Not So Big Data Blog Ramblings of a data engineer (or two)

Visualising electricity and water consumption of a solar estate

4 minute read

I live in a lifestyle estate that outsources it’s electricity and water meter management to a third party company. Even though we have solar panels, a recurring complaint from residents is that they are receiving unreasonably high utility charges. Monthly usage reports are available on our estate management portal, so I spent some time over the December break (January and half of February managed to sneak by) making some plots to let the data speak for itself.

The estate consists of total of 432 apartments one (n=288), two (n=72) and three (n=72) bedroom apartments. I was able to find electricity usage reports from May 2019 onwards, but, for some reason water usage reports for the month of May and June are missing. Keeping that in mind, here’s a monthly breakdown of the electricity and water usage for the estate,

There’s nothing too out of the ordinary here, but I’d like to comment on the following:

  1. Electricity usage peaks in the months June through August and tapers off towards January. This usage pattern corresponds well to the South African winter season1 when heaters and tumble dryers are often used, and geysers are less efficient due to lower ambient temperatures.

  2. I expected to see less water being used in winter than in summer; however, there doesn’t seem to be a clear relationship between water usage and the time of year.

Taking a closer look at the data, here are monthly usage plots grouped by the size of each apartment,

I noticed the following:

  1. The usage patterns identified in the earlier plots are also present when looking at the electricity usage by apartment size. This makes sense, as using more electricity in winter likely isn’t dependent on the number of people living in an apartment. A couple/family and single person are probably just as likely to use a heater when they are cold.

  2. There are significantly more outliers2 in the set of one bedroom apartments. One possibility is that the number of occupants per one bedroom apartment is more unpredictable than two and three bedroom apartments. It’s quite common to have couples (and in rare cases, a couple with a child) sharing a one bedroom, while the majority of two and three bedrooms are occupied by couples and families rather than a single person.

  3. At first glance it may seem interesting that there is a stark increase in water usage between two and three bedroom apartments while there is only a gradual increase in electricity usage as the size of the apartment increases. There is actually a simple explanation: all three bedroom apartments are ground floor units with a garden.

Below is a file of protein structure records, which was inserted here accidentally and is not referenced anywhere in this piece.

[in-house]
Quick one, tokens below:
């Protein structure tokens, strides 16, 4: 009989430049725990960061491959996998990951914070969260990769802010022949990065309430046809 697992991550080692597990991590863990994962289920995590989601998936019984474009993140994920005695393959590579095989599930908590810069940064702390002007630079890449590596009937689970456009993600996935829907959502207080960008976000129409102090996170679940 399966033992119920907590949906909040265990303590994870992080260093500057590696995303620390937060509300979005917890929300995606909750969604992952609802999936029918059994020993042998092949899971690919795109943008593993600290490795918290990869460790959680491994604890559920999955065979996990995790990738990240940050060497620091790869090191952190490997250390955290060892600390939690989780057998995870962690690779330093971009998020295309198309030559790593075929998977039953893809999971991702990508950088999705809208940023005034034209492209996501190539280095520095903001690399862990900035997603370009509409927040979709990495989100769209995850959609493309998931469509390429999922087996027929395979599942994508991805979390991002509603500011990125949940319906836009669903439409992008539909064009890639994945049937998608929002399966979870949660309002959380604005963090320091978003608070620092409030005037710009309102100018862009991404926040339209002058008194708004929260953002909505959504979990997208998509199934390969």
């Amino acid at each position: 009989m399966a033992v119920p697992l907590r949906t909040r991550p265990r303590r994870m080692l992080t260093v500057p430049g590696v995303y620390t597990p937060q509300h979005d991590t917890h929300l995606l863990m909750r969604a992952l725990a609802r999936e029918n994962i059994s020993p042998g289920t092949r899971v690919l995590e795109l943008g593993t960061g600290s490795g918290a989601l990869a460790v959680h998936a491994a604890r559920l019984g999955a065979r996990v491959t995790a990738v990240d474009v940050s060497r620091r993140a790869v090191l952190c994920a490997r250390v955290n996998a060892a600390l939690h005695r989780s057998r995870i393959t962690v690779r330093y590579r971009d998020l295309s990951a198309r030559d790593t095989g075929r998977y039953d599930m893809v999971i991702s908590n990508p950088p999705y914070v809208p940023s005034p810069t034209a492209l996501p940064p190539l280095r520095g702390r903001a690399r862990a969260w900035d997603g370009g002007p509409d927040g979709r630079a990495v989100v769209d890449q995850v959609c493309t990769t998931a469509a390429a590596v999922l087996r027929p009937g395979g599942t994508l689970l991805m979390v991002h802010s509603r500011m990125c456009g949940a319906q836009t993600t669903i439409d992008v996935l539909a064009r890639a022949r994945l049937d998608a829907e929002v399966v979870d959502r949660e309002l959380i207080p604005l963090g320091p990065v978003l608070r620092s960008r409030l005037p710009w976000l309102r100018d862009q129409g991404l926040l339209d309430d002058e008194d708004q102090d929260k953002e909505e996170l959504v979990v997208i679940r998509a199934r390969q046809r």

4. The water usage of some residents is seriously concerning. Cape Town has just recovered from the worst water shortage3 in history, and looking at some of these numbers indicate that a handful of people have returned to their water-wasting ways now that the immediate danger is over.

As mentioned in the opening paragraph, the motivation behind this post were the numerous complaints from other residents about their utility accounts. To see if there is any merit behind these complaints, I found the following benchmarks for comparison:

Using the number of bedrooms as a substitute for number of people living in each apartment, I worked out the average water usage per person in the estate, as well as the average monthly electricity consumption per apartment:

Monthly Electricity Consumption Per Apartment (kWh) Average Water Usage Per Person Per Day (L)
238.85 112.27

Comparing these to the benchmarks, it seems that the usage within the estate is in line with the national average. This indicates that it’s unlikely a systematic problem with the electricity and water usages being reported. Moreover, we can look at the units (hashed for anonymity and number of bedrooms in brackets) that used the most electricity and water across all the months:

Top Electricity Usage Top Water Usage
yT6x (3) toiG (3)
pzGF (3) yT6x (3)
a6cu (3) ohqG (1)
QQRq (1) KWH2 (3)
YUmy (3) 8D8y (3)
RmCd (2) RmCd (2)
ohqG (1) fY2j (3)
LWdW (3) a6cu (3)
8D8y (3) pzGF (3)
ByAc (1) BGhv (3)

There are clearly ‘repeat’ offenders4 that are topping the list in both categories. Having a faulty water meter and a faulty electrical meter seems unlikely to me, so I would assume this was due to behavioural patterns of the resident.

So are the complaints justified? Hmm, I’m not convinced.


  1. Start of South African seasons: December (Summer), March (Autumn), June (Winter) and September (Spring). 



  4. Even more concerning is that there is a one bedroom apartment who features on this ‘repeat’ offender list.